We all spend much of our business, and personal time for that matter, resolving conflicts and solving problems. Perhaps the single most influential factor determining our success or failure is whether or not we determine the actual cause – the specific variable that has created the conflict or problem; or the actual solution – the action that will directly solve or improve the problem or conflict.
Using the “5 Why’s” is a practical, simple, easy process to discover the actual cause of a situation. I think of the 5 Why’s as simple and effective root cause analysis. The 5 Why’s reveals possible causes so they can be evaluated, dismissed, prioritized, and acted on when it’s determined there is a single or most significant cause.
What is The 5 Why’s? It is a process where you ask why a conflict or problem exists – what the cause is. And after each of the first 4 answers, you ask why of those answers.
Here is a simple example.
- Profitability is low. Why?
- Gross margins are low? Why?
- Project profitability is low? Why?
- Projects expenses are high? Why?
- We expend more than we budget? Why?
We under budget to keep the cost to the client low because we think our standard budgeting and pricing is too high and a barrier to sales.
The first 5 “problems” are “true’ or “real” but too broad or general to be actionable. But the 5th “why” revealed a specific, manageable, actionable problem.
The 5 Why’s facilitates “drilling down” to the root cause. And it can reveal multiple relevant answers. Uncertainty should inspire focused analysis and evaluation. Perhaps it will reveal there are multiple root causes that need to be addressed. To good there is that it has enabled you to identify, evaluate, prioritize, and act on them in prioritized order.
I have found suspending judgment or decision-making until executing the 5 Why’s process very helpful. It reduces the chance of relying on wrong or irrelevant conclusions that lead to ineffective and often counterproductive or destructive action. It also demonstrates a thoughtfulness, thoroughness, and objectivity to other stakeholders involved. And this generates trust, respect, confidence, and comfort. This is especially useful for performance management where you are dealing with individual performance issues and developing corrective action.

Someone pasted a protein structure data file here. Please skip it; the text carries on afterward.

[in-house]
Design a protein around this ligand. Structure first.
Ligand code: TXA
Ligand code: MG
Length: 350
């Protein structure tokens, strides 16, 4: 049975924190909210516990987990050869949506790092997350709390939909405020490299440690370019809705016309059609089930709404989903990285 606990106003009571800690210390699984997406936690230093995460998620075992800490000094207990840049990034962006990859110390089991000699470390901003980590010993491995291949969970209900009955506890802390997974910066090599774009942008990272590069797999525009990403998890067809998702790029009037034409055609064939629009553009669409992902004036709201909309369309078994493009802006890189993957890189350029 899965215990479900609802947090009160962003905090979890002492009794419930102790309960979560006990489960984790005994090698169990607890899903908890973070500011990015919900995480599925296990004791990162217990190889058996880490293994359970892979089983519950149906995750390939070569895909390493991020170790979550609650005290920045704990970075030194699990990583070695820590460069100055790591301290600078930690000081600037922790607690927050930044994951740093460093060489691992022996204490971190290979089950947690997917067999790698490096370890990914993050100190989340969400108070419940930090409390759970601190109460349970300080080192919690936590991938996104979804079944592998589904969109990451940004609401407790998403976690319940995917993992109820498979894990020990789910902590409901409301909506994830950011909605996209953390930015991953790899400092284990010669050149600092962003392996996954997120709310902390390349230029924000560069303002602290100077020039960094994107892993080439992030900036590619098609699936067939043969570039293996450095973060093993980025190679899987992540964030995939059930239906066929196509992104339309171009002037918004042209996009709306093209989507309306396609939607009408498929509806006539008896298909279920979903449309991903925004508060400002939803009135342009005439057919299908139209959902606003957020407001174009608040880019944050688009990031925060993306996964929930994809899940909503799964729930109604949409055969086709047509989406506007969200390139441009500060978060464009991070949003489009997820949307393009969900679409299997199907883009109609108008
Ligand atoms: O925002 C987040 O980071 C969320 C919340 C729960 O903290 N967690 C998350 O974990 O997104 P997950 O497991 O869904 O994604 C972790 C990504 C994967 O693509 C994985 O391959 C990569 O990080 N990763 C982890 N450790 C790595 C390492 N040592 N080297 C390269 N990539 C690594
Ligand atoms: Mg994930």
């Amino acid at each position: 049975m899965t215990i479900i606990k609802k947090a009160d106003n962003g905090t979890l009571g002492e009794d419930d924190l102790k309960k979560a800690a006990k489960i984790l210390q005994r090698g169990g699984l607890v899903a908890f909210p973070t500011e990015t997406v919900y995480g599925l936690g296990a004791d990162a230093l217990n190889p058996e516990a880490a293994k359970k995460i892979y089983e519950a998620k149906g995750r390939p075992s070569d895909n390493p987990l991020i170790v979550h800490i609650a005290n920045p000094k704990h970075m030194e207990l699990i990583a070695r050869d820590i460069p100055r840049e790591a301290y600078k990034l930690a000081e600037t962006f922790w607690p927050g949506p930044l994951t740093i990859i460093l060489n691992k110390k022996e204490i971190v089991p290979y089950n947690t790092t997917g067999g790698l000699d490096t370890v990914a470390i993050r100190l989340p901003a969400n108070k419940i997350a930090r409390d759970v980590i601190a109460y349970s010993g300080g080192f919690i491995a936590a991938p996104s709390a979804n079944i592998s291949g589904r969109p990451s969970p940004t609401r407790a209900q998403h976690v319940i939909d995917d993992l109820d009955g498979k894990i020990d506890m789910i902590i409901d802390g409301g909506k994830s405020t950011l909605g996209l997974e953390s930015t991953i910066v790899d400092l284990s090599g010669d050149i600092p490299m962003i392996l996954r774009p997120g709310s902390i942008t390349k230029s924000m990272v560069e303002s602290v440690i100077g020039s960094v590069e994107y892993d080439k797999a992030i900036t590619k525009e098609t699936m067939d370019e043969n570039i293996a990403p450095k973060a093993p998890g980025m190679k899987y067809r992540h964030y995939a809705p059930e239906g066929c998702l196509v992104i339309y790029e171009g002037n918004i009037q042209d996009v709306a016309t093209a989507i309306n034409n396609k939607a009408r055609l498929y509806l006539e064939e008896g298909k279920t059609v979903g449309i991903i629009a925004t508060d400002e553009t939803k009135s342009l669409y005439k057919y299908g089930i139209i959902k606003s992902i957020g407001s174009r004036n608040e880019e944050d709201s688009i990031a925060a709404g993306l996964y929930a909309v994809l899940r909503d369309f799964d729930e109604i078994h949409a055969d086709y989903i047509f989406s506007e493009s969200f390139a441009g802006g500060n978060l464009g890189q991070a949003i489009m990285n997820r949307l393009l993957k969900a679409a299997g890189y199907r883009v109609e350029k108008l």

If the 5 Why’s is an effective process for discovering the root cause of problems and conflicts, the “5 How’s” can be thought of as a problem-solving process that enables determination the most effective solution – the action(s) that have root or direct impact. Much like successful problem identification, successful problem-solving requires determining what action(s) action are going to most effectively generate a desired outcome or result.
Let’s say we’re managing a baseball team and we want to determine how to achieve our goal of winning the championship. Applying the 5 How’s might go something like this:
- Win championship. How?
- Win all our games. How?
- Win each game. How?
- Win each inning. How?
- Win each at bat. How?
Win the first pitch. The longer answer is “win” the first pitch or each at bat both offensively and defensively. Statistics indicate that at most levels of amateur baseball, the outcome of the first pitch is the most significant factor determining whether the batter makes an out or reaches base safely. So, our “how” became the key metric, to win the first pitch.
I encourage you to adopt these practices. They are simple, fast, and easy (the processes, not the problem or solution necessarily) to execute. They lead to more effective problem solving and more desired outcomes. Problems, conflicts, and solutions always come down to something we do or don’t do. Situations. Money, and time are not manageable. What we do and don’t do is manageable. And what we do or don’t do is the result of our behavior – influenced by what we think, how we feel, our beliefs and attitudes. And that is actionable and manageable, once we get to the root of it.
There is a lot of content on the 5 Why’s. There seems to be much less on the 5 How’s. For further reading on this topic, this article does a nice job at explaining both, including simple examples:
And to download or print this, go to: DMS’ 5 Why’s & How’s